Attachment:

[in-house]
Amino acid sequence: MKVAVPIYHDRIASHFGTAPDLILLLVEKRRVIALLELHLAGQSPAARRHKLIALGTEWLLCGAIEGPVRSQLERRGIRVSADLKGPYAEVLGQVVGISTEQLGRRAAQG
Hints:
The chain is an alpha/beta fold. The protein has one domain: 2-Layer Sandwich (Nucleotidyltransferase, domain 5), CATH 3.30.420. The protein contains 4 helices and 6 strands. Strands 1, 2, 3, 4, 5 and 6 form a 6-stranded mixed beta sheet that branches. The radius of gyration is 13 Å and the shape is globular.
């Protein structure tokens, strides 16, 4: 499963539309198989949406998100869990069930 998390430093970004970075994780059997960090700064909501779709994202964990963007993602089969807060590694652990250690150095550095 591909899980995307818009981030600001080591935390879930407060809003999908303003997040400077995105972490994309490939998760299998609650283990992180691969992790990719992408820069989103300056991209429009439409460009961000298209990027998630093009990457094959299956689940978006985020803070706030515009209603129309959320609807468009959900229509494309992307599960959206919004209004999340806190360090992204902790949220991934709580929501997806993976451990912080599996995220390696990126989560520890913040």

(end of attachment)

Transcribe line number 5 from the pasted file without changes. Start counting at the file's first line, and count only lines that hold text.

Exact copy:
């Protein structure tokens, strides 16, 4: 499963539309198989949406998100869990069930 998390430093970004970075994780059997960090700064909501779709994202964990963007993602089969807060590694652990250690150095550095 591909899980995307818009981030600001080591935390879930407060809003999908303003997040400077995105972490994309490939998760299998609650283990992180691969992790990719992408820069989103300056991209429009439409460009961000298209990027998630093009990457094959299956689940978006985020803070706030515009209603129309959320609807468009959900229509494309992307599960959206919004209004999340806190360090992204902790949220991934709580929501997806993976451990912080599996995220390696990126989560520890913040």